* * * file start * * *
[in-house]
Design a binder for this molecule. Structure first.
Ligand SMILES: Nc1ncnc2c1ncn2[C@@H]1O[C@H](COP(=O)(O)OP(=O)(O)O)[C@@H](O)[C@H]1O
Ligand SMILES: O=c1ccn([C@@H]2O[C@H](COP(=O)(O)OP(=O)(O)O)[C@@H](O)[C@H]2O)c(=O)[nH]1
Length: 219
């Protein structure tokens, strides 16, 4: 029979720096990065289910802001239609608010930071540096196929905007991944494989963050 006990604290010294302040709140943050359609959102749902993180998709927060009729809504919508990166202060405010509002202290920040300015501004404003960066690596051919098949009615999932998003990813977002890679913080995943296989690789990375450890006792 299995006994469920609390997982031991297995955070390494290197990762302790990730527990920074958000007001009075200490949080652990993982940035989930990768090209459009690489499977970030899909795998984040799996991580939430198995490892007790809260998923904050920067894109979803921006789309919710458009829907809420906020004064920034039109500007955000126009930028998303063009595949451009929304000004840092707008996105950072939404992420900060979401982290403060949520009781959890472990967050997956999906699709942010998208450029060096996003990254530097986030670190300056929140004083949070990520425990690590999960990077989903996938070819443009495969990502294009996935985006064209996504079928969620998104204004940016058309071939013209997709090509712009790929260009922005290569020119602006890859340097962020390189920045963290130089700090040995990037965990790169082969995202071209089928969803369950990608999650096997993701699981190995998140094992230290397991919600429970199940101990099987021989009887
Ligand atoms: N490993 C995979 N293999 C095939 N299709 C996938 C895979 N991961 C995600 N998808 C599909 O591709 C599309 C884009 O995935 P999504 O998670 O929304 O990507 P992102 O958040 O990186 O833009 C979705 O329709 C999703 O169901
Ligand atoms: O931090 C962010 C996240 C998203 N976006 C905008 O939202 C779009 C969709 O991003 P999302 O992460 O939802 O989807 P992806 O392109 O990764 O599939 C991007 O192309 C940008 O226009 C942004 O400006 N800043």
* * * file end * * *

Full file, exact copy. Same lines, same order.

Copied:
[in-house]
Design a binder for this molecule. Structure first.
Ligand SMILES: Nc1ncnc2c1ncn2[C@@H]1O[C@H](COP(=O)(O)OP(=O)(O)O)[C@@H](O)[C@H]1O
Ligand SMILES: O=c1ccn([C@@H]2O[C@H](COP(=O)(O)OP(=O)(O)O)[C@@H](O)[C@H]2O)c(=O)[nH]1
Length: 219
């Protein structure tokens, strides 16, 4: 029979720096990065289910802001239609608010930071540096196929905007991944494989963050 006990604290010294302040709140943050359609959102749902993180998709927060009729809504919508990166202060405010509002202290920040300015501004404003960066690596051919098949009615999932998003990813977002890679913080995943296989690789990375450890006792 299995006994469920609390997982031991297995955070390494290197990762302790990730527990920074958000007001009075200490949080652990993982940035989930990768090209459009690489499977970030899909795998984040799996991580939430198995490892007790809260998923904050920067894109979803921006789309919710458009829907809420906020004064920034039109500007955000126009930028998303063009595949451009929304000004840092707008996105950072939404992420900060979401982290403060949520009781959890472990967050997956999906699709942010998208450029060096996003990254530097986030670190300056929140004083949070990520425990690590999960990077989903996938070819443009495969990502294009996935985006064209996504079928969620998104204004940016058309071939013209997709090509712009790929260009922005290569020119602006890859340097962020390189920045963290130089700090040995990037965990790169082969995202071209089928969803369950990608999650096997993701699981190995998140094992230290397991919600429970199940101990099987021989009887
Ligand atoms: N490993 C995979 N293999 C095939 N299709 C996938 C895979 N991961 C995600 N998808 C599909 O591709 C599309 C884009 O995935 P999504 O998670 O929304 O990507 P992102 O958040 O990186 O833009 C979705 O329709 C999703 O169901
Ligand atoms: O931090 C962010 C996240 C998203 N976006 C905008 O939202 C779009 C969709 O991003 P999302 O992460 O939802 O989807 P992806 O392109 O990764 O599939 C991007 O192309 C940008 O226009 C942004 O400006 N800043």